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A route string describes the stations of a connection required between two hosts through one or more SAProuters. Each of these SAProuters checks its route permission table to see whether the connection between its predecessor and successor is allowed, and if it is, sets the connection up.

A route string has the syntax:


A route string contains a substring for each SAProuter and for the target server. Each substring contains the information required by SAProuter to set up a connection in the route: the host name, the port name, and the password, if one was given.

A route string can contain any number of “Substrings”.

A SAProuter always checks only the previous host name or the previous IP address and the next substring (/H/.../S/.../W/..) for host name or IP address, service and password. The last substring does not contain a password, since there is no successor in the route.

If the /S/ section is missing, the default port number of the SAProuter is used. If the /W/ section is missing, a password is not used.

Table 1: Syntax of substrings

indicates the host name


Specifis the service (port). This information is optional. The default value is 3299.


Inicates the password for the connection between the predecessor and successor on the route. This information is optional. The default is "" (no password).

  • Note that the host name must be at least two characters long.

  • H, S, and W must be uppercase!

  • In earlier Releases (<4.0A), the password entry was made one substring later and with the letter /P/.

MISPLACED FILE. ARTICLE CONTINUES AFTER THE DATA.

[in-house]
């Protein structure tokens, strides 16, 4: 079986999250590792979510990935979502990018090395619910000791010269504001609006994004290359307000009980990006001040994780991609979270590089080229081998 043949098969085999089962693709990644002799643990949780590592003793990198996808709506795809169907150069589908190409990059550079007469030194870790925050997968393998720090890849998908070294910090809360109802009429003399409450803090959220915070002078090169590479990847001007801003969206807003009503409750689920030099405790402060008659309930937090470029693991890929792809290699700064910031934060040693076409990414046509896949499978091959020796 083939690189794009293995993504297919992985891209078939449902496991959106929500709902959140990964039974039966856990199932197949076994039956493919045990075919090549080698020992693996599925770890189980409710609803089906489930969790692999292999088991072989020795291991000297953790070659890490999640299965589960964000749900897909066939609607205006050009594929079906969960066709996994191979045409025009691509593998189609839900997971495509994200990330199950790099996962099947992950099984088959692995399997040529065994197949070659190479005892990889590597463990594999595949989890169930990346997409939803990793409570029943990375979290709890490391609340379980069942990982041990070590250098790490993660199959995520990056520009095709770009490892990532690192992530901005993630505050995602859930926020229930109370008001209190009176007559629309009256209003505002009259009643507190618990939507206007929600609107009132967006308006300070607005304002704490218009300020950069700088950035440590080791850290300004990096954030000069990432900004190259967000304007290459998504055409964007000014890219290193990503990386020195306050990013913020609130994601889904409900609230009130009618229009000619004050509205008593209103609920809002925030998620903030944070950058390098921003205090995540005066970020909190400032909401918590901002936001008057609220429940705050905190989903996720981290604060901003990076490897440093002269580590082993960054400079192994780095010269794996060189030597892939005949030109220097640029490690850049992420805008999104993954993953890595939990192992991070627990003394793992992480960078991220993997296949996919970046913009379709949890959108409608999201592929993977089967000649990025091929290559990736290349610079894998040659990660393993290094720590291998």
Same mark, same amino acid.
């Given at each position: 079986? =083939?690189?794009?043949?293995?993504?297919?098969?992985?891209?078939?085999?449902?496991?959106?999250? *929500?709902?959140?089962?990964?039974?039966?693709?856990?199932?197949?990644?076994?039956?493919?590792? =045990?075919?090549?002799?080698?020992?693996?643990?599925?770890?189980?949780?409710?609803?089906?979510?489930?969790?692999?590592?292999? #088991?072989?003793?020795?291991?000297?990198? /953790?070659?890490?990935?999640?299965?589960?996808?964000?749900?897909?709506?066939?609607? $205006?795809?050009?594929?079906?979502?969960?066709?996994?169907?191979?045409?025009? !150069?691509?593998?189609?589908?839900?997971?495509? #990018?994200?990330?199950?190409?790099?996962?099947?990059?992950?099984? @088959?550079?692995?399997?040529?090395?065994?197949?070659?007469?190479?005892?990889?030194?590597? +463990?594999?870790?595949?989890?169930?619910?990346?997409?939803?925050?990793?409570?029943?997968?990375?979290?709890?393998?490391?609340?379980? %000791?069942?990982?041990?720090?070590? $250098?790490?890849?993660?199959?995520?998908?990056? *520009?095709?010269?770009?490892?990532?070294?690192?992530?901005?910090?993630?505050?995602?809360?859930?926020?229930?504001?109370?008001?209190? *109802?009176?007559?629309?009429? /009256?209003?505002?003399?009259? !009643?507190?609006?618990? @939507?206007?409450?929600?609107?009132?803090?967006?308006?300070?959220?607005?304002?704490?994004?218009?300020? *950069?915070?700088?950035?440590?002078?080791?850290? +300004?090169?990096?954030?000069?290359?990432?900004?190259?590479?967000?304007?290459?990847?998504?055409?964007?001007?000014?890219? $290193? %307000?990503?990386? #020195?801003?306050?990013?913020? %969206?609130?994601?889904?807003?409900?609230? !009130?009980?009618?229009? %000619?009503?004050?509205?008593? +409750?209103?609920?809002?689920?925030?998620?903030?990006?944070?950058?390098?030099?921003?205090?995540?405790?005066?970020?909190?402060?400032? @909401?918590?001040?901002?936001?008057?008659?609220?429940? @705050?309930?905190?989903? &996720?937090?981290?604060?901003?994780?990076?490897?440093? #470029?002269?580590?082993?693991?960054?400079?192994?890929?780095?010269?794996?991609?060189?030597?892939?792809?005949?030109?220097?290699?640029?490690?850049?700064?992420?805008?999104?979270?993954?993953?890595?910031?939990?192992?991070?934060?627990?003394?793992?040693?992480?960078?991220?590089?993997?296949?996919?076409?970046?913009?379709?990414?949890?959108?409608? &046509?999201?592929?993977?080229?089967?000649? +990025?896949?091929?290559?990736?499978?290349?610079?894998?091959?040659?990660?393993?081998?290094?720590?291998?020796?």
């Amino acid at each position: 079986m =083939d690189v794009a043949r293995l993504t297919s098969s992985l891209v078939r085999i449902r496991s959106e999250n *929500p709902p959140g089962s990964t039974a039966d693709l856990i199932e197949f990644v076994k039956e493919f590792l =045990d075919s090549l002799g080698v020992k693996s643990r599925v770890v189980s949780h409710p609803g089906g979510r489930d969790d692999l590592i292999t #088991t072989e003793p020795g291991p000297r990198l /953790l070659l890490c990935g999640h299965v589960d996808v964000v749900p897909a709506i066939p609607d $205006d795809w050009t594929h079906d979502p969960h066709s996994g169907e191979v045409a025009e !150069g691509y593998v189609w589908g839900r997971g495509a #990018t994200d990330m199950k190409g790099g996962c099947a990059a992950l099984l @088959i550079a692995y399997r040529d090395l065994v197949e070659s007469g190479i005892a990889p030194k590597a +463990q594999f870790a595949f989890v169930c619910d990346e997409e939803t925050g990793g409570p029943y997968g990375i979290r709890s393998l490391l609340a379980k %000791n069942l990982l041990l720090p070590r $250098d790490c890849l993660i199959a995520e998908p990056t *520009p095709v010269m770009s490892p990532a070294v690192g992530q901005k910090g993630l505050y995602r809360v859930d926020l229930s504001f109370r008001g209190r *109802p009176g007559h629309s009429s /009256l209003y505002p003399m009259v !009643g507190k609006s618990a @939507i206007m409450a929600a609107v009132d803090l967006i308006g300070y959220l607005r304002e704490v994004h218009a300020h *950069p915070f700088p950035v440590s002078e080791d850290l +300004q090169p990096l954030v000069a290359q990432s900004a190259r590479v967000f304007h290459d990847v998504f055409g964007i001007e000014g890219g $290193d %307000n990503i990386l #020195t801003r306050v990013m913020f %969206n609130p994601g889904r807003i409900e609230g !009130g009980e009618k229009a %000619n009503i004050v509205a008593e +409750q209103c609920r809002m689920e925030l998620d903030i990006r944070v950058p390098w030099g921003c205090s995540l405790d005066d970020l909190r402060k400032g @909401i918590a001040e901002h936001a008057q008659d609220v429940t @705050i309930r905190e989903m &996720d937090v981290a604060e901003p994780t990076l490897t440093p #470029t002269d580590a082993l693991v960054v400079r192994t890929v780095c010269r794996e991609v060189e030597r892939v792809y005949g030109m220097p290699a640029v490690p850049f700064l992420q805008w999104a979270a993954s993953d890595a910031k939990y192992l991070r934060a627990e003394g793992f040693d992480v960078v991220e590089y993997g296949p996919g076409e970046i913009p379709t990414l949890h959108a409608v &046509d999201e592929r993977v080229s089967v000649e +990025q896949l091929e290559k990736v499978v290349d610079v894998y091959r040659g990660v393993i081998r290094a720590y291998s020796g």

New: /H/saprouter/W/pass/H/targetserver

    Old: /H/saprouter/H/targetserver/P/pass

    (Here pass is the password which is checked by the SAProuter on host saprouter to set up or prohibit the connection from the source host to the target host.)

    Due to downward compatibility, the old password entry form is still possible.

Route strings are best illustrated by an example.

Route Strings SAProuter


The graphic above shows an example of a connection between SAP and a customer system.

In this example, an SAP service employee working on sappc wants to log on to a customer application server yourapp, which provides the service sapsrv. The SAP service employee logs on to the SAP system, and through the SAProuter on sap_rout and the customer's SAProuter your_rout sets up a connection between sappc and yourapp. your_rout requires the pass_to_app password for connections withyourapp.

The associated route string looks like:


This route string is interpreted by the SAProuters involved in the route as follows:




Substring 1



<no password>

Substring 2




Substring 3



The connection from sappc to the application server is set up in the following steps:

  1. sappc (front end):

    Sets up the connection to SAProuter sap_rout according to substring 1 and relays the route information.

  2. sap_rout (SAProuter on SAP side):

    Uses the route permission table to check whether route sappc zu your_rout 3299 is allowed, sets up the connection to the customer SAProuter on host your_rout, and passes substring 2 and 3.

  3. your_rout (SAProuter on customer side):

    Checks whether route sap_rout to yourapp, sapsrv is permitted. Password pass_to_app is also checked. SAProuter then sets up the connection to the application server.